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The Future of Bats

USA Baseball in conjunction with select National Member Organizations (NMOs) announced the decision to adopt a ball-bat coefficient of restitution method as the means for measuring bat performance in the testing of youth bats.  Informed by the research of leading scientists on the USA Baseball Bat Study Committee and supported by its NMOs, including AABC, Babe Ruth, Dixie, Little League, and PONY, USA Baseball has concluded that recent advancements in science, engineering, technology, and the materials available to fabricate non-wood bats, now allow the manufacturers to construct youth bats that can perform at a wood-like level through the entire range of lengths and weights of youth bats.

The new USA Baseball bat standard (USABat), which will apply to all bats that are classified below the NCAA and NFHS level, will be implemented on January 1, 2018, allowing the bat manufacturers sufficient time to bring these bats to the marketplace.

Similar to the NCAA and NFHS BBCOR standard which helped to eliminate discrepancies with different length bats and thus provide a more direct measure of bat performance, the new USABat standard will allow youth baseball organizations in the United States to reach their goal of establishing a wood-like standard, a standard that will provide for the long-term integrity of the game.

It is important to note that there will be no immediate change to youth baseball organizations’ bat rules.  All bats, currently accepted for the respective leagues, remain permissible through December 31, 2017.   Each National Member Organization will incorporate the new standard into their rules for the 2018 season and will begin to inform their membership of the new standard.


Which National Member Organizations are implementing this new standard?

In alphabetical order: American Amateur Baseball Congress (AABC), Amateur Athletic Union (AAU), American Legion Baseball, Babe Ruth Baseball, Dixie Baseball, Little League Baseball, National Amateur Baseball Federation (NABF), PAL, PONY Baseball, and T-Ball USA.

Why the change to a wood-like standard?

USA Baseball’s National Member Organizations believe that a wood-like standard will best provide for the long term integrity of the game.

Why not just use wood bats?

There is not enough wood to meet the demand.  (The new bats will be designed to perform much like wood and their performance will be limited to the highest performing wood.)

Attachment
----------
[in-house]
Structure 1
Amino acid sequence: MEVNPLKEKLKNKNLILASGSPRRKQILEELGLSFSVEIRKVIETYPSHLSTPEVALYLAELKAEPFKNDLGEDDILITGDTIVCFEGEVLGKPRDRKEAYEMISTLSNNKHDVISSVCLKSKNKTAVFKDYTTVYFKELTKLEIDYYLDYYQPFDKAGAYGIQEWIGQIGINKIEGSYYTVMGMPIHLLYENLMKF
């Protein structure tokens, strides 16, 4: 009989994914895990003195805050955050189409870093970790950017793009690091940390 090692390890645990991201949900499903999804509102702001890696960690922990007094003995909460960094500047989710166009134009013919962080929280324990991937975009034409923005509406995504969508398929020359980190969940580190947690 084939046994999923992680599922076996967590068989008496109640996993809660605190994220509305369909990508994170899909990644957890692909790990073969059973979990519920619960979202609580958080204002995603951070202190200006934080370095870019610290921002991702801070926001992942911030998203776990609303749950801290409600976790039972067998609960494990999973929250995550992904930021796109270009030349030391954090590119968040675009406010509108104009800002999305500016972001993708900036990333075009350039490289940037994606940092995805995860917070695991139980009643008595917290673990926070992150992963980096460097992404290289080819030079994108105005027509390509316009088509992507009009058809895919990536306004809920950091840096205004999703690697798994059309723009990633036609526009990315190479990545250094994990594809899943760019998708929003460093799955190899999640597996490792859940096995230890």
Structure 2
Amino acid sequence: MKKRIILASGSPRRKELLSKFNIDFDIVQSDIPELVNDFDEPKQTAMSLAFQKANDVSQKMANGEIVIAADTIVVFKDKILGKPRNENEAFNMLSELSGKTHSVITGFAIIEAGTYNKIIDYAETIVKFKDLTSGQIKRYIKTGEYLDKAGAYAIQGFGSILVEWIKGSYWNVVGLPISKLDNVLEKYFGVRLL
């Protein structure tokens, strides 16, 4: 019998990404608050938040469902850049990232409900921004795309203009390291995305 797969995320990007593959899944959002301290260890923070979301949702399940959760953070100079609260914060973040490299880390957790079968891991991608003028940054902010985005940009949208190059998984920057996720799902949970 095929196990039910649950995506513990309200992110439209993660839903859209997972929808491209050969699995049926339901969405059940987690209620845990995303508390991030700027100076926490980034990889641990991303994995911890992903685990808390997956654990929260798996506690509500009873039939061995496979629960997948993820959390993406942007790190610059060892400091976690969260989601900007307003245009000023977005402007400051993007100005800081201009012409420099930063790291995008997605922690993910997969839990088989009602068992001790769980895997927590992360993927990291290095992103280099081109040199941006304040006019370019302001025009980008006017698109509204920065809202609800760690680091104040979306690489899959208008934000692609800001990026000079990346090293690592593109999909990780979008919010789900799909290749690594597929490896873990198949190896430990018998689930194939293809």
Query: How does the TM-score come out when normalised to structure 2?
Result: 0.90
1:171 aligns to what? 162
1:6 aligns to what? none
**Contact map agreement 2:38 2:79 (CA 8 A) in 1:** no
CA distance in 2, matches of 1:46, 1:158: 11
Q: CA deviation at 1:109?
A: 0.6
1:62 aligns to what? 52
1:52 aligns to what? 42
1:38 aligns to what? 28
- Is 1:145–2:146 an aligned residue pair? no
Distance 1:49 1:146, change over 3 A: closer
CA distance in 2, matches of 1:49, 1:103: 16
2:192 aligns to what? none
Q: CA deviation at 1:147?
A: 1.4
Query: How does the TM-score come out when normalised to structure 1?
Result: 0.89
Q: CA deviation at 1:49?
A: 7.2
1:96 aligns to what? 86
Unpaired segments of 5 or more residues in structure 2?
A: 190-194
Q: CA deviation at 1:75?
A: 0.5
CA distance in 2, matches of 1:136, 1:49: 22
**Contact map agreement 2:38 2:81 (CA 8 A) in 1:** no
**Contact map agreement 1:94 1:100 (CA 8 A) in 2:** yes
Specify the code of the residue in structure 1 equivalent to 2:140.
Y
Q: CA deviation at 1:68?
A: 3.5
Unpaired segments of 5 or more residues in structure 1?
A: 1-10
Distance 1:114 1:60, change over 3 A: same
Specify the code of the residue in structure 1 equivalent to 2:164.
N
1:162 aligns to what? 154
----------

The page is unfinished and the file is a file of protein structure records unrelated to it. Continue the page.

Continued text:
How is the USA Baseball bat standard different from the BBCOR standard used by the NCAA and NFHS?

Both the USA Baseball and NCAA bat performance tests are based on the coefficient of restitution from a bat-ball impact.  The scale of results is different, however, since they use different test balls and test speeds.  The difference is necessary to represent play in the respective age groups.

Why is USA Baseball involved?  

The National Member Organizations asked USA Baseball to take the lead in this process to establish a new standard.  Many other National Governing Bodies set and enforce standards for the equipment in their respective sports.  To that end, USA Baseball established a Bat Study Committee of leading scientists and conducted both field testing and lab testing.  The committee shared their findings with the National Member Organizations, who then endorsed the new standard.

Why wait until 2018?

The implementation date of 2018 will allow the bat makers sufficient time to conduct the appropriate research, design, testing, manufacturing, and shipping needed to get new bats into retail outlets.

Is my current bat good for league play?

Yes.  Current bats can be used through December 31, 2017.

Is safety the reason for the change?

No.  Youth baseball continues to be one of the safest of all sports for youth participants.

How will I know which bat to buy?

All new bats that bear the USA Baseball bat licensing mark will be permissible for play in the leagues and tournaments of the National Member Organizations.

When can I buy the new bat?

It is the intention of the bat manufacturers to make the new bats available in the fall of 2017, in sufficient time for the 2018 season.

What other bat changes are taking place?  

Both Little League Baseball and Babe Ruth Baseball have approved the use of the 2 5/8 inch barrel bats for league and tournament play beginning in January 2018 and coinciding with the new USABat standard.  More information about those changes can be found at the websites of these respective organizations.